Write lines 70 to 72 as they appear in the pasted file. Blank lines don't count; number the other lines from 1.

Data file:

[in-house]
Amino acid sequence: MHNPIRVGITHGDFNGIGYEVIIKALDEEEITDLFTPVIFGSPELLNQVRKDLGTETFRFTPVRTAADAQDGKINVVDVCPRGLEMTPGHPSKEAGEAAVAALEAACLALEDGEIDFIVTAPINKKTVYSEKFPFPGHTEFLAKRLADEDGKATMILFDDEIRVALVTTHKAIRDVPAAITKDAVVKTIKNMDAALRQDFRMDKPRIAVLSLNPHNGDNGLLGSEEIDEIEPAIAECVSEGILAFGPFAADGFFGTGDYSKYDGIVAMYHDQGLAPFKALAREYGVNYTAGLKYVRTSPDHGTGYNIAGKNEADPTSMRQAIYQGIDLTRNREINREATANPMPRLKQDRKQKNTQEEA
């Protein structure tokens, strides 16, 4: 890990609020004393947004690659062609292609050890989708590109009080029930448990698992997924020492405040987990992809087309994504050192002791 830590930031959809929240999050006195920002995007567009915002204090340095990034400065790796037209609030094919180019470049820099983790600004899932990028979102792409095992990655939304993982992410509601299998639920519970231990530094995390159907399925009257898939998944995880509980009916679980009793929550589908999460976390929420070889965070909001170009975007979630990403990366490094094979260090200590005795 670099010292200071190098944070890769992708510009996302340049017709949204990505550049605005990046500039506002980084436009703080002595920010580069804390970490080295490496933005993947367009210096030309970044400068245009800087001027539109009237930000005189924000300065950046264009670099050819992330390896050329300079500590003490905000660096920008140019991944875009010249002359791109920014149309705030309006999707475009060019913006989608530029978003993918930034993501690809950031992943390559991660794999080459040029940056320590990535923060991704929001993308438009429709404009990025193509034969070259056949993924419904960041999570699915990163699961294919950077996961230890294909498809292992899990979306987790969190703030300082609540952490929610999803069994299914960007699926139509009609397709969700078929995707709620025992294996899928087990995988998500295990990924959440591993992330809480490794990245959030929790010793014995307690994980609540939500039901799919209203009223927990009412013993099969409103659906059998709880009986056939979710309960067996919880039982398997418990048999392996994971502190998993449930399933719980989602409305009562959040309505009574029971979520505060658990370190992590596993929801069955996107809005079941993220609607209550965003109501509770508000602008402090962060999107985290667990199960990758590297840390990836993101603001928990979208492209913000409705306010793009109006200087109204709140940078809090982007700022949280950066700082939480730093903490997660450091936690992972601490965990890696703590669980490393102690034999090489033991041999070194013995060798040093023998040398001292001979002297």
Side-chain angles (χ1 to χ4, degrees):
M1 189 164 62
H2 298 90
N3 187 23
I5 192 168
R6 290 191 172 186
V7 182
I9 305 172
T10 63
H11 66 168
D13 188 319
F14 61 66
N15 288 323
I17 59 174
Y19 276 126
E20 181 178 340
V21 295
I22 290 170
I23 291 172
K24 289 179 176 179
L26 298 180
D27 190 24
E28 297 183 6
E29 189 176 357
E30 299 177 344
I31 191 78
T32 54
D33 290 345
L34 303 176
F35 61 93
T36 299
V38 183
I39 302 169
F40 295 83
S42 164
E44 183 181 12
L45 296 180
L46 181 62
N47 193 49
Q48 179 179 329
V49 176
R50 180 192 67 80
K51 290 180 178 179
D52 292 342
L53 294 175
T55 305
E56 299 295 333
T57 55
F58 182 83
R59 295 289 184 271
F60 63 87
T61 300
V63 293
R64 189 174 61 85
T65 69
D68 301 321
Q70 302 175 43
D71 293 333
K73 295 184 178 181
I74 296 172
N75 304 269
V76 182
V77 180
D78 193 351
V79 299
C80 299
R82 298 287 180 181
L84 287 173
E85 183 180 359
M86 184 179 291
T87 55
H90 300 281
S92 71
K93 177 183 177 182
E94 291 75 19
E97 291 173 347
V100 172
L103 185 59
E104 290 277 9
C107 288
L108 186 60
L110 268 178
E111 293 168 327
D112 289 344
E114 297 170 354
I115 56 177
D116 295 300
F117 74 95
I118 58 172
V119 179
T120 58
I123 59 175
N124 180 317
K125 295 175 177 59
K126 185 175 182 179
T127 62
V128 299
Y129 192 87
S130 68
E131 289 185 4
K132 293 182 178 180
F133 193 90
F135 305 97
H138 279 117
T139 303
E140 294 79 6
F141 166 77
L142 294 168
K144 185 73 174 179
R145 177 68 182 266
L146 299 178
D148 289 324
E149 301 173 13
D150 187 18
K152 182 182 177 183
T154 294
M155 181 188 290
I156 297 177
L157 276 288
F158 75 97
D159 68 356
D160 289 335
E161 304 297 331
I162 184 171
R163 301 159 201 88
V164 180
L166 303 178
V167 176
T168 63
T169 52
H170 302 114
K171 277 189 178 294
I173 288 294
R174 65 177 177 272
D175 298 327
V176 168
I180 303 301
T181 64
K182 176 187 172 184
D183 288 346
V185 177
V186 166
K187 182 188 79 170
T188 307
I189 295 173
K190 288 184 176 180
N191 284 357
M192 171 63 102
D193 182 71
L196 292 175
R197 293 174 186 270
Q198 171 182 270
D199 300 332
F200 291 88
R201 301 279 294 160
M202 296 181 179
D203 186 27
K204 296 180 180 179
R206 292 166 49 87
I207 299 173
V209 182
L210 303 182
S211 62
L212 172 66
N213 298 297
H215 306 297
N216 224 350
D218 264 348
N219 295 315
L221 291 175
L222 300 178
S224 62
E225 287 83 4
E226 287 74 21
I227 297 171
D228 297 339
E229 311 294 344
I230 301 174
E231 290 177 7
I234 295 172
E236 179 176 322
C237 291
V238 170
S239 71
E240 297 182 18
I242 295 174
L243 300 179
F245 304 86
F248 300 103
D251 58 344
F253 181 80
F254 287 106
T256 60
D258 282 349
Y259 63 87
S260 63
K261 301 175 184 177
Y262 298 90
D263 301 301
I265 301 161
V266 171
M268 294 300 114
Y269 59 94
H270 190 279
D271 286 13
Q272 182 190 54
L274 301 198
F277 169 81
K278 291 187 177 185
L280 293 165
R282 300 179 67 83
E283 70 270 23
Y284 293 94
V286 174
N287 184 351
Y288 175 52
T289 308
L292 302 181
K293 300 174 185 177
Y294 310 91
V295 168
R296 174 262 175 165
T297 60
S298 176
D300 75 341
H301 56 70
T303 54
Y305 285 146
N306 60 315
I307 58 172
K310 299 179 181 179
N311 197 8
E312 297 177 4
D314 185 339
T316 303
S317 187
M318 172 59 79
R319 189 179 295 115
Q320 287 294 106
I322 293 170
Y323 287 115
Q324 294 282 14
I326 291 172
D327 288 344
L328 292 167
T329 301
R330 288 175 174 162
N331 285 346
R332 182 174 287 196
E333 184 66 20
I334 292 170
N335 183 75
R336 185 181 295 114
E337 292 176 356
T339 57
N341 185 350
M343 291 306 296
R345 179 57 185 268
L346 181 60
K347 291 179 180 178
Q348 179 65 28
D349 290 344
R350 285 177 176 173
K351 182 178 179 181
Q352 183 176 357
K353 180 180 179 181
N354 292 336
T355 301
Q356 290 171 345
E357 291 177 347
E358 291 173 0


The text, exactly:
R82 298 287 180 181
L84 287 173
E85 183 180 359